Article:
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Atlantoaxial Instability: Causes, Symptoms, and Treatment

 

 

 

Diagram of Atlantoaxial Instability (Source: Wikipedia)

Atlantoaxial instability, clinically referred to as AAI, is defined by the excessive movement at the intersection of the atlas, the first cervical vertebra (C1) and the axis, the second cervical vertebra (C2). Although AAI’s exact cause remains unknown, acute trauma or congenital conditions have been cited as factors leading to atlantoaxial instability. In this paper, we will discuss AAI’s etiology, symptomatology, and treatment options. 
 
Symptoms of Atlantoaxial Instability 
 
Although the asymptomatic form of atlantoaxial instability has been observed in most cases, the symptomatic form has clearly-defined neurologic manifestations. 
 
The signs of symptomatic AAI include:
 
  • Fatigue;
  • Neck pain;
  • Sensory deficits; 
  • Lack of coordination; 
  • Hyperreflexia;
  • Spasticity;
  • Abnormal gait;
  • Limited neck mobility.;
  • Walking difficulties.
 
In some instances, the condition progressed up to the point of hemiplegia, paraplegia, or quadriplegia. For more information about the clinical aspects of symptomatic atlantoaxial instability, which is a condition that can result in serious complications in both humans and dogs, consult an additional resource
 
Atlantoaxial Instability: Etiology 
 
It has been noted that AAI’s primary causes are traced back to abnormalities in the bones or ligaments. However, further research based on necropsies, have revealed that congenital abnormalities, such as osteogenesis imperfecta (brittle bones disease), Larsen syndrome (bone developmental issues), Down syndrome, or metatropic dysplasia (dwarfism and skeletal abnormalities), could lead to atlantoaxial instability.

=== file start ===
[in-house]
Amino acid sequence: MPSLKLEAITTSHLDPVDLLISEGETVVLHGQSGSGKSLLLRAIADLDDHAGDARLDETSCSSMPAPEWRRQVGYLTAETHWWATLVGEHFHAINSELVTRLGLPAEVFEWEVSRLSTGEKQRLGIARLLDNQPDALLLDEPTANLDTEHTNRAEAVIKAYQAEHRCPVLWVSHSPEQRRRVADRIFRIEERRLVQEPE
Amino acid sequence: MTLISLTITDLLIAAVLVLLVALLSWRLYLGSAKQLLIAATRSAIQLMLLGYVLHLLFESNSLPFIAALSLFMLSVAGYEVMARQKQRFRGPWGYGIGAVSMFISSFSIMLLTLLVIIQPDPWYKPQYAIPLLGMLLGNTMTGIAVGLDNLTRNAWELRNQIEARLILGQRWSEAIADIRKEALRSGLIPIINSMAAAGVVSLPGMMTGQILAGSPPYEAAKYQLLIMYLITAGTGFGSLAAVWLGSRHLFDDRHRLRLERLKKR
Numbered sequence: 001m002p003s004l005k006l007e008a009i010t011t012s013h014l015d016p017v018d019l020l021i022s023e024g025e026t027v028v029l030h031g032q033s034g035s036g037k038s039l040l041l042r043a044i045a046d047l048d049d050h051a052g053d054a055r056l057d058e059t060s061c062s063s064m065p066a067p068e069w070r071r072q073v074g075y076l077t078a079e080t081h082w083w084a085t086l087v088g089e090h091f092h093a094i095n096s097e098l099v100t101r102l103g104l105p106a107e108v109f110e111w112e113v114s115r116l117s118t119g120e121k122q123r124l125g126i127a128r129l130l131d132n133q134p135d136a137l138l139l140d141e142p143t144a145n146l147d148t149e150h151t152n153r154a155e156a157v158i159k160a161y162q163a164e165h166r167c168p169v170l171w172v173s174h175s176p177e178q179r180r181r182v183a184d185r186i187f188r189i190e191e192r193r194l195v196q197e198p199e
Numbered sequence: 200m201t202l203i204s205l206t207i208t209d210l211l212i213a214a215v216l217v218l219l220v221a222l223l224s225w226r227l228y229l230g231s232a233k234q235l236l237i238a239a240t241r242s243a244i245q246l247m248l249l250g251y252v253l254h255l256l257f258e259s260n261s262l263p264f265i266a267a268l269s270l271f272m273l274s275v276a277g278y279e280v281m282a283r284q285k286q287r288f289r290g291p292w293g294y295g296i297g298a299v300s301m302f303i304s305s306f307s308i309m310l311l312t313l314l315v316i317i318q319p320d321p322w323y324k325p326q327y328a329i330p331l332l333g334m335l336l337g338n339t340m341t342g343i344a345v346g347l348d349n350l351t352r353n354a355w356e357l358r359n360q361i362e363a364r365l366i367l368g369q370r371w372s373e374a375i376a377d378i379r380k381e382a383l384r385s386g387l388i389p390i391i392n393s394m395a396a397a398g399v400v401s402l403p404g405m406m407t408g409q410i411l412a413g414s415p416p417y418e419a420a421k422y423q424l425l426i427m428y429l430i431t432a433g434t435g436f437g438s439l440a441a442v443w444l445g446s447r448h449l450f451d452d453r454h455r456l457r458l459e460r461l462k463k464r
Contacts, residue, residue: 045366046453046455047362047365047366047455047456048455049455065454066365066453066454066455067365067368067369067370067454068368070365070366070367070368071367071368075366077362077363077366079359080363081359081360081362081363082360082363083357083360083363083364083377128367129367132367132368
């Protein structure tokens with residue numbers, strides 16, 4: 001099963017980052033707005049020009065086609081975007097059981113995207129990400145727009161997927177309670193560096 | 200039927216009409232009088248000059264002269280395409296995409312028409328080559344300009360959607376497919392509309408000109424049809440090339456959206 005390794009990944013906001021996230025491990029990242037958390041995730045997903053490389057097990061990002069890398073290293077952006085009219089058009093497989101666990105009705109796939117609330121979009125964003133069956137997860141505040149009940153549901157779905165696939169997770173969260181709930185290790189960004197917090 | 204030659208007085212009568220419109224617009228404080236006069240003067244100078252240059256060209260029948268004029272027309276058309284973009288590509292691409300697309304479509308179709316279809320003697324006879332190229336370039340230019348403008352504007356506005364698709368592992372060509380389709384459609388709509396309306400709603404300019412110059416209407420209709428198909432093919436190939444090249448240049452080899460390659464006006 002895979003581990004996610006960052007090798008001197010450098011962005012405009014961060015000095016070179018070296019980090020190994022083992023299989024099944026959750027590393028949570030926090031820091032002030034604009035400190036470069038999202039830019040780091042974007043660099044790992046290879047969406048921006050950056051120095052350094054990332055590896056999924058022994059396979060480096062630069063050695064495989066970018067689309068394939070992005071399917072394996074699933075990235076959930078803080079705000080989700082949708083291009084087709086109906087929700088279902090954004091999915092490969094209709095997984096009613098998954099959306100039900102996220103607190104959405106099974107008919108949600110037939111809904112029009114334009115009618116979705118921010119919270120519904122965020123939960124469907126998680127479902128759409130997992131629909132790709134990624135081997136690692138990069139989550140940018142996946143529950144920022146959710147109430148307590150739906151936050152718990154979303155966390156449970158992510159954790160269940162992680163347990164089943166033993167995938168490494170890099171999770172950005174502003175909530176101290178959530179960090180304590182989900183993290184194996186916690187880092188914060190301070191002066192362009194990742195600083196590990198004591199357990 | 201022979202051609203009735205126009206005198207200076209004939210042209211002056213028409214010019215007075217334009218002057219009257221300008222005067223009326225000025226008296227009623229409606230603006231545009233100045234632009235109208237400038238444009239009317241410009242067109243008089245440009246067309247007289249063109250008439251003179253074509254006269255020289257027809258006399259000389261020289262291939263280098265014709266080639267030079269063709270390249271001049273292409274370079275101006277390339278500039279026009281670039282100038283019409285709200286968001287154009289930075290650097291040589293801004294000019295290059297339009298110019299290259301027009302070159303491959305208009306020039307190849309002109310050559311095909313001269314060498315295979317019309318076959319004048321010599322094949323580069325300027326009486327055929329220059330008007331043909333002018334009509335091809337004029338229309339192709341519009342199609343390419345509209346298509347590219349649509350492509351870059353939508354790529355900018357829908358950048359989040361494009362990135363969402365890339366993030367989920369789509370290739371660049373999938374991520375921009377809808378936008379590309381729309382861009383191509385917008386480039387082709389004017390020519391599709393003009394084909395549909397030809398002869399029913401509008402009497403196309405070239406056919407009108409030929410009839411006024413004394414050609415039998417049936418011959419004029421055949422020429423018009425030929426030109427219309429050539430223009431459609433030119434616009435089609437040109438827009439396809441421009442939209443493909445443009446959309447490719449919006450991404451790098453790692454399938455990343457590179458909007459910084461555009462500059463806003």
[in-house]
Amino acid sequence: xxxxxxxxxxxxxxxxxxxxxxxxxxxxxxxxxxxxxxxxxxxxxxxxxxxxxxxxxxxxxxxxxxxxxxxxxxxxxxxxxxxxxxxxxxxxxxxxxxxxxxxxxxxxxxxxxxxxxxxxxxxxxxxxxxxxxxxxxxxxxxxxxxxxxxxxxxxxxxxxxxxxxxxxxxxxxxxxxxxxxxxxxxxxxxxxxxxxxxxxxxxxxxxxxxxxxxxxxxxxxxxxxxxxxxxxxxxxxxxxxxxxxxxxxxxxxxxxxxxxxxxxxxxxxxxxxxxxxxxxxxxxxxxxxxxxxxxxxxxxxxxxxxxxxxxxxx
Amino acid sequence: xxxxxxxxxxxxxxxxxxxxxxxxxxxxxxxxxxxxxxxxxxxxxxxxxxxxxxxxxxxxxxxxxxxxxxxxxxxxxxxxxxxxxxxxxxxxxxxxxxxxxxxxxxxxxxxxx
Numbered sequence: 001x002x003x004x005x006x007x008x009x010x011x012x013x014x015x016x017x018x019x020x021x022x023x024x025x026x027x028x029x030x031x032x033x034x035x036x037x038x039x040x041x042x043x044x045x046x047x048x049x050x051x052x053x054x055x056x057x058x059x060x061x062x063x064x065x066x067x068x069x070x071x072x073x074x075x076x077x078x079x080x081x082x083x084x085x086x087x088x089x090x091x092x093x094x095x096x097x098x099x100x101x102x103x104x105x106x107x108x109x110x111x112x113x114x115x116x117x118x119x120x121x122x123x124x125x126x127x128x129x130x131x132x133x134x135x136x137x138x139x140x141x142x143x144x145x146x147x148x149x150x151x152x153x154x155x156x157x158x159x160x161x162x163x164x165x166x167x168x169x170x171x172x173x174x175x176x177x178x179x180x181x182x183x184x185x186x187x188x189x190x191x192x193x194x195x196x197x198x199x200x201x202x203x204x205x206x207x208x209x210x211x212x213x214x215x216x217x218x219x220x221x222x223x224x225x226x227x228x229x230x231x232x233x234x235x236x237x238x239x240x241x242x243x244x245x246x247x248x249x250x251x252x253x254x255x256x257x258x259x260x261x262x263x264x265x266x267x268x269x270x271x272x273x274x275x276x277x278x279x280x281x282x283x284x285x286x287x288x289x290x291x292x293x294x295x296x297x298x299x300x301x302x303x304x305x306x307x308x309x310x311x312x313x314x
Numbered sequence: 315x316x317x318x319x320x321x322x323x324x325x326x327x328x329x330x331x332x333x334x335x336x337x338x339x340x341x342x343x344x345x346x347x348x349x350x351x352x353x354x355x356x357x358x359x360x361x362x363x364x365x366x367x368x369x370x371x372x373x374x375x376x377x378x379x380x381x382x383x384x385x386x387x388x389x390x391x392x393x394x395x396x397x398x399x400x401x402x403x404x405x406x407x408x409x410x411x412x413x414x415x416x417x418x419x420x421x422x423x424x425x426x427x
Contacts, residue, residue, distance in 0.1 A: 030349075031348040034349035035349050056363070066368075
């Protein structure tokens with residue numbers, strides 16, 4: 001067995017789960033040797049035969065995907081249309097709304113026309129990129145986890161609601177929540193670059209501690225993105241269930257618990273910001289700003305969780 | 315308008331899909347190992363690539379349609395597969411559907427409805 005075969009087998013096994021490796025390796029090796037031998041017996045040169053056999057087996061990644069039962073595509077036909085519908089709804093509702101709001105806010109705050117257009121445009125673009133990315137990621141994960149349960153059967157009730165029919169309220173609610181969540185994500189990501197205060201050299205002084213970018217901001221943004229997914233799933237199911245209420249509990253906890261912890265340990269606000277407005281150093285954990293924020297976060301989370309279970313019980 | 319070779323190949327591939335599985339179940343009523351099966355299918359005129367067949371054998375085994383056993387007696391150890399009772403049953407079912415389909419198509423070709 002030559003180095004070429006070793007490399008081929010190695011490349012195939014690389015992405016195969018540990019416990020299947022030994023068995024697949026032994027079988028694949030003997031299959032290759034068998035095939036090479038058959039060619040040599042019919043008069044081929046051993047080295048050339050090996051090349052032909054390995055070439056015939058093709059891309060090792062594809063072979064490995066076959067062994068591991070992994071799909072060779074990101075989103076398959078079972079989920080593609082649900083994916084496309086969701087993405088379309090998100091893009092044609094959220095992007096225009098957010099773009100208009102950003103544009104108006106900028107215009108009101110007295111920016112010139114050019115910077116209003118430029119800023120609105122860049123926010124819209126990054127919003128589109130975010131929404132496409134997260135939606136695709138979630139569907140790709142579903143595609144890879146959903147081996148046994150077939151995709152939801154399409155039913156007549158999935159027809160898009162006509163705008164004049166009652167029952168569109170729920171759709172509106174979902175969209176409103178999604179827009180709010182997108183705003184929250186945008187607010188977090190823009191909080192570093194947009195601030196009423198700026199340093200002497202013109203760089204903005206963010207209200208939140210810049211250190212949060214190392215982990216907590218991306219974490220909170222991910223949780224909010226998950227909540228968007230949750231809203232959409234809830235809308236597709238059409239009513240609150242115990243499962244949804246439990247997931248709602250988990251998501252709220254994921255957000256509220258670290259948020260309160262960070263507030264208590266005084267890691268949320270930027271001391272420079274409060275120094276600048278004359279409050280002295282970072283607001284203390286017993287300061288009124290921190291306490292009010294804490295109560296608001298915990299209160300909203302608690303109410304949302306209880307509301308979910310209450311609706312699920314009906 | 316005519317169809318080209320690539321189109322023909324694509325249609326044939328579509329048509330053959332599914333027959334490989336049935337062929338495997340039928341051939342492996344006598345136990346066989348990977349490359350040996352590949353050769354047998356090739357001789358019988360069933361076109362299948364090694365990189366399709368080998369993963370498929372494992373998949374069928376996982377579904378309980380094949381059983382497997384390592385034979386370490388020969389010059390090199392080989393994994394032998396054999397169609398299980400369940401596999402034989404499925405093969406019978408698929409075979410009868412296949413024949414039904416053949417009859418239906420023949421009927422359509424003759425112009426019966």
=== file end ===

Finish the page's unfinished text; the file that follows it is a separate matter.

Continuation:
Another possible cause for the condition is an infection. The venous plexus and the arterial blood route facilitate the way to infectious sequelae. However, in adults, it has been observed that the causes are linked to either acute trauma (e.g. motor accidents or sports injuries) or degenerative changes mostly caused by rheumatoid arthritis.
 
Neurological symptoms ensue if the nerve roots or the spinal cord are affected.
 
In general, atlantoaxial instability has been noted when the odontoid process (i.e. a bony protuberance than ensure the stability of the Axis) is subjected to ossification. Odontoid fractures or tumors can stunt the normal development of this part, leading to atlantoaxial instability.
 
In patients with Down syndrome, clinicians have observed that an anomalous protein structure located in the connective tissue could cause the degradation of the ligaments. Another causes that may weaken the ligaments is inflammation.
 
Treatment Options for Atlantoaxial Instability 
 
Unfortunately, drug regimens have proven to be futile against AAI. Chronologically speaking, the first pharmacological intervention ever attempted in traumatic atlantoaxial instability was based on corticosteroids. However, the American Academy of Neurological Surgeons (AANS) has stated that corticosteroids-based therapies have little to no effect in treating AAI since the condition is chronic in nature.